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Season One...

 ... is done.

Last night at the Cocteau we completed our screening of season one of GAME OF THRONES, with the showing of "Baelor" and "Fire and Blood."  Believe it or not, we had a dozen virgins in the house, folks who had never seen the show before, never read the books, and had no idea what was coming.  It's always cool to see someone experiencing the series for the first time.

I, of course, have read the books and seen the show... but I hadn't watched these particular episodes for a couple of years, and it was very gratifying to see how well they still held up.  David and Dan and the cast and our incredible crew have done an amazing job.

And speaking of David Benioff and D.B. Weiss, they joined us after the episodes for an hour's worth of Q & A with the fans, via Skype.   Aside from the usual technical problems that we encounter every time we try to use Skype, it was a great time.  Thanks, guys.

Next week, the marathon continues with the first three episodes from season two... and a special Skype visit from our very own Sansa, SOPHIE TURNER.

See you at the cinema!


Bharad Raghavan
Jan. 29th, 2014 04:49 am (UTC)
Random Thought on Girls from Great Houses
Hey George,

(Not sure if I'm allowed to ask this; sorry if the blog is out of bounds!)

Couldn't make it to the Q&A session in NM, but always wondered: How come all the daughters of the Great Houses (Sansa, Dany, Arianne, Margaery, Cersei, Myrcella, Asha) are depicted as beautiful/attractive?

Not all the noble ladies are good-looking, but practically every girl with a significant claim ('cept poor Shireen) has the added bonus of being good looking. Just an observation, but the all the Great Houses can't be blessed with beautiful children all the time right?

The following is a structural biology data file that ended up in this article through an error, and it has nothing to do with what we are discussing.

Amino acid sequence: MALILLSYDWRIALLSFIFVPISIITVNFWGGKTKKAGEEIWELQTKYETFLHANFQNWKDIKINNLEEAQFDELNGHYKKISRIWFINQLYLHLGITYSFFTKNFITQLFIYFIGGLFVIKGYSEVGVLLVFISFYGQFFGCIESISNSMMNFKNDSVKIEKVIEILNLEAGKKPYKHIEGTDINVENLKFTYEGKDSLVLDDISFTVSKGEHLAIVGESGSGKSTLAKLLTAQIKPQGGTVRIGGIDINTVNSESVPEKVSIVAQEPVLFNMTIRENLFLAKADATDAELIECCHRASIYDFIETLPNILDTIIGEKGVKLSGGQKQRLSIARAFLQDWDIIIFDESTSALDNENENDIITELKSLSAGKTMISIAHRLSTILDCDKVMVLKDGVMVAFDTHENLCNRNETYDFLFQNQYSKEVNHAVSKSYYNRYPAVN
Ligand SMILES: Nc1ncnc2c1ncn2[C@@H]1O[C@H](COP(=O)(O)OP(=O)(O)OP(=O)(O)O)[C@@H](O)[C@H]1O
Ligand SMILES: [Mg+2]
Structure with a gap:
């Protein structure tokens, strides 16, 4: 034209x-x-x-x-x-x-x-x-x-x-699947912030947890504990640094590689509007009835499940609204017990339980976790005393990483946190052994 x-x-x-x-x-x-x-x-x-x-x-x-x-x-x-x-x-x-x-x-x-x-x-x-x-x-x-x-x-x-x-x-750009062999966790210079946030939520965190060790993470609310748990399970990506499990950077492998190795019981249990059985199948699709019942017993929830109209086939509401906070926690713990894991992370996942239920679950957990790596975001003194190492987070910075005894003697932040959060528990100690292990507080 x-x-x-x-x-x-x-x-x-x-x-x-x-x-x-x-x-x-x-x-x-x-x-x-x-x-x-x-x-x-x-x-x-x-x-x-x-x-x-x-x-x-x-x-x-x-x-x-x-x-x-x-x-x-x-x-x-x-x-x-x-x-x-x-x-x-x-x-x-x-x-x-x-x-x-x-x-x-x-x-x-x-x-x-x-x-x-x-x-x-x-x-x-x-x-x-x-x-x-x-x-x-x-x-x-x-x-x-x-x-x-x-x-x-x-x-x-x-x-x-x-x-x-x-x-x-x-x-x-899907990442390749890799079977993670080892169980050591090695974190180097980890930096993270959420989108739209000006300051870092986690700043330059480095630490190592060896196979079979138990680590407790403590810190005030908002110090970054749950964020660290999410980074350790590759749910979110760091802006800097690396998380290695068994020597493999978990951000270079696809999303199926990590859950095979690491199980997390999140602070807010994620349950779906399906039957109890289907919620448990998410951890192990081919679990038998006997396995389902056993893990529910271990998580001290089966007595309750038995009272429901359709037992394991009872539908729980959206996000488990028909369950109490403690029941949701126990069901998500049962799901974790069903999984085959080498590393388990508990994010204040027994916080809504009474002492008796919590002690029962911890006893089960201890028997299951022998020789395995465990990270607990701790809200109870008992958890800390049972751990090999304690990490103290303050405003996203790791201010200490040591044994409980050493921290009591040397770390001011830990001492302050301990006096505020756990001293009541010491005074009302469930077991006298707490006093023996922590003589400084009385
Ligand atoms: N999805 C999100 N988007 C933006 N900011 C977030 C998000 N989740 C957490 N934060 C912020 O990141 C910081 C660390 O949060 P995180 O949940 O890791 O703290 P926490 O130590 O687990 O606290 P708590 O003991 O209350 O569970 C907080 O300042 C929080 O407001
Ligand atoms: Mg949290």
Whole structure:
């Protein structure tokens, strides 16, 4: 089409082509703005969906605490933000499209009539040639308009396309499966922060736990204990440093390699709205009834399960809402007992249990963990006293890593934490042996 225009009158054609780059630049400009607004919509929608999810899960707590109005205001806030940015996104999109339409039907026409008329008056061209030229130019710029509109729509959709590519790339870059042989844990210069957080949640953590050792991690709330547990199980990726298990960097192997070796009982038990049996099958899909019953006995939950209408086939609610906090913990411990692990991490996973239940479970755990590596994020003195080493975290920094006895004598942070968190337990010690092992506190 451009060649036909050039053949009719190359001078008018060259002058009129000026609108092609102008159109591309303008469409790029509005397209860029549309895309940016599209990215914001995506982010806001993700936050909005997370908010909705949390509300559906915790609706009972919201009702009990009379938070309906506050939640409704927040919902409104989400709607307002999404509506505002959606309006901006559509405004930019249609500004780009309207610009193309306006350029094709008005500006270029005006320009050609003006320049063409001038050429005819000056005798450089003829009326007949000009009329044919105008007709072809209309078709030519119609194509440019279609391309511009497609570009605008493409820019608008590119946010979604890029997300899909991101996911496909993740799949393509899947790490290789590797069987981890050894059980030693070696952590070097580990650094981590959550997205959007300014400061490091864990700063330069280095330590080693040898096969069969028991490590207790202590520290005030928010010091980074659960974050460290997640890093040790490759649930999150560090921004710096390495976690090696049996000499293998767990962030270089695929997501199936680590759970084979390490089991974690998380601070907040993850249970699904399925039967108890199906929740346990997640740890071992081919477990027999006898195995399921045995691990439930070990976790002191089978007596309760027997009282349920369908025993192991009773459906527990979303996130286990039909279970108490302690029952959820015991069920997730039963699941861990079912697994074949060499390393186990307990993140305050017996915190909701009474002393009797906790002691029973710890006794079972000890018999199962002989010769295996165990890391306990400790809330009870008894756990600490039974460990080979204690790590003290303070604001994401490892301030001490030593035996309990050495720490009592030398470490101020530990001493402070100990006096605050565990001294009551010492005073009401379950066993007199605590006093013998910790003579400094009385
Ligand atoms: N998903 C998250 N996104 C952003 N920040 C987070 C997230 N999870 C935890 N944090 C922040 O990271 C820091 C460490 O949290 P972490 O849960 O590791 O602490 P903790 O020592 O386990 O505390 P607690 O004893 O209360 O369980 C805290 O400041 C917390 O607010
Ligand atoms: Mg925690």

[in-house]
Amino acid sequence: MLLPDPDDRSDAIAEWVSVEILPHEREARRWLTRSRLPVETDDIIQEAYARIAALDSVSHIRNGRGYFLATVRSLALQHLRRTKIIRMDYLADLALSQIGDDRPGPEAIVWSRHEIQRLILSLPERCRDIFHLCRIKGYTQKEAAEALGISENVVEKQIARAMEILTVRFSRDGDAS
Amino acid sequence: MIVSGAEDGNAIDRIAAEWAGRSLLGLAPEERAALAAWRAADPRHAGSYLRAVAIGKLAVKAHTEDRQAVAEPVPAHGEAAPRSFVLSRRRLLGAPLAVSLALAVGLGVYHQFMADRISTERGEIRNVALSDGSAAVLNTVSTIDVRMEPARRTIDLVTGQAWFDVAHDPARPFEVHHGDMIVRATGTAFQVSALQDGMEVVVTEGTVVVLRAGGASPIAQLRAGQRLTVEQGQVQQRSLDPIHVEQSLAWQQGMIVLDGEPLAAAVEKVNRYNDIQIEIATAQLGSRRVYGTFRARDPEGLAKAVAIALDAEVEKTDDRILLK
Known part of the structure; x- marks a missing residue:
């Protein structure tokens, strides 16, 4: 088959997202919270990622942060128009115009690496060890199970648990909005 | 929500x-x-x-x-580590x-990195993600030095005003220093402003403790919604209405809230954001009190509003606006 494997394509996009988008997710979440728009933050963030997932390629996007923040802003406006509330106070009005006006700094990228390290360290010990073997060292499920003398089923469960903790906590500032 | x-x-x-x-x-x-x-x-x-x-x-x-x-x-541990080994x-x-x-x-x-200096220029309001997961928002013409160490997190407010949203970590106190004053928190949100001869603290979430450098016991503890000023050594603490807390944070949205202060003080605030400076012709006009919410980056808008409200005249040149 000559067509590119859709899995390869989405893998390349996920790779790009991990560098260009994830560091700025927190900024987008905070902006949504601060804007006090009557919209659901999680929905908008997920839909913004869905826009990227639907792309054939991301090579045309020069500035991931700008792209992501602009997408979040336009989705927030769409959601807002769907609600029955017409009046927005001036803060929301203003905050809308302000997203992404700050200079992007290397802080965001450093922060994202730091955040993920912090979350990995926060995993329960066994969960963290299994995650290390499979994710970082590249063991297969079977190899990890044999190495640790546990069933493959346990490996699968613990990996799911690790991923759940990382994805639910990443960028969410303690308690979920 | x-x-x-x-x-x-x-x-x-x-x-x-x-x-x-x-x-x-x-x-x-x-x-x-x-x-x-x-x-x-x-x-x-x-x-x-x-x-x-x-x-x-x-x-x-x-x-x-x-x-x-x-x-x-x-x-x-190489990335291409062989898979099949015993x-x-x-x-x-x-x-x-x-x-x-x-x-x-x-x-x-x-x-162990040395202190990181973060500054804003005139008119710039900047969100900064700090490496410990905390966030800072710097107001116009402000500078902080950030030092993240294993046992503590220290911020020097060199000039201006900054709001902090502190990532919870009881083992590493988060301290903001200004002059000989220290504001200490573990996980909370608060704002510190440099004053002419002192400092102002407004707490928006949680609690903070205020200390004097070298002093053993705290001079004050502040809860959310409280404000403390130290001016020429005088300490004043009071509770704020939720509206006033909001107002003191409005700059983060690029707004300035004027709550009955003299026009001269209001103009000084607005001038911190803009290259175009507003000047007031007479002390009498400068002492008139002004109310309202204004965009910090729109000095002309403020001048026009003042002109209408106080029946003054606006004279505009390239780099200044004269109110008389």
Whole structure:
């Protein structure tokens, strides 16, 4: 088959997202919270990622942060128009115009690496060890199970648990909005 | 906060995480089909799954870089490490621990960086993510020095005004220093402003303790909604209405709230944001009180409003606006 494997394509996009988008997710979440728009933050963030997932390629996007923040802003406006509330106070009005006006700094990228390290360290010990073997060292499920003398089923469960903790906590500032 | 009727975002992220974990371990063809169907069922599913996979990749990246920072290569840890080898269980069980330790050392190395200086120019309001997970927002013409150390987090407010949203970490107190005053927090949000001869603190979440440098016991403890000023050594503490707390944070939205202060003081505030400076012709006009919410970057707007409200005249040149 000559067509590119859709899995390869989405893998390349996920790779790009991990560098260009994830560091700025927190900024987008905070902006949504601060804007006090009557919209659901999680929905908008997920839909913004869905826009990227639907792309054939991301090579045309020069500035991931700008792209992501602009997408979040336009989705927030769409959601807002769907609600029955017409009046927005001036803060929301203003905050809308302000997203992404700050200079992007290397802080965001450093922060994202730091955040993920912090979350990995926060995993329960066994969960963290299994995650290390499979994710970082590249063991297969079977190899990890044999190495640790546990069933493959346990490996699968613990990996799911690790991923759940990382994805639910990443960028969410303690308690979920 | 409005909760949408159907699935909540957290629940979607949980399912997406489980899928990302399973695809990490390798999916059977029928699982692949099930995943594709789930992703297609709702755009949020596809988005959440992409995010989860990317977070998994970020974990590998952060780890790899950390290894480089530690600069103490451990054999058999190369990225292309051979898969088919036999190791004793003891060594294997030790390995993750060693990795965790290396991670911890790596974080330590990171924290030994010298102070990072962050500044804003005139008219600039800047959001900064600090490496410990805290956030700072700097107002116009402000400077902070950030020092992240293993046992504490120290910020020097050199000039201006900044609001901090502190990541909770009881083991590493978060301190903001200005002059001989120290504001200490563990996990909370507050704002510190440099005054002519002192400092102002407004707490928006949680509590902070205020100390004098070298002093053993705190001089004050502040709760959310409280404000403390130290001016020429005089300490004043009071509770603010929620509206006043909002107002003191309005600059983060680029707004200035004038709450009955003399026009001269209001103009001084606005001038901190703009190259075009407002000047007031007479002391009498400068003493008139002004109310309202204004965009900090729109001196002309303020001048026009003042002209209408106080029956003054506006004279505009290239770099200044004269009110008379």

Jan. 29th, 2014 07:19 am (UTC)
Re: Random Thought on Girls from Great Houses
Well, I don't think all the daughters of the nobility ARE depicted as being beautiful. You mention Shireen yourself. Look closer, there are others.

But actually, if you look at history, the daughters of the nobility are almost always described as being fair or beautiful, etc. Some of that may have been simple ass-kissing on the part of the writers, many of whom depended on nobles for patronage. But it is also likely that nutrition played a role: the daughters of the upper class had amuch healthier and more varied diet than the daughters of peasants, and were less likely to be forced into backbreaking manual labor at any early age. One of the factors in what we call "beauty" is simply good health.
Jan. 29th, 2014 07:46 am (UTC)
Maybe this is the author's assumption and real noble people weren't so beautiful in medieval time as depicted, but that's great. Much better to watch attracted women than emmm... no so attracted.


George R.R. Martin
George R. R. Martin

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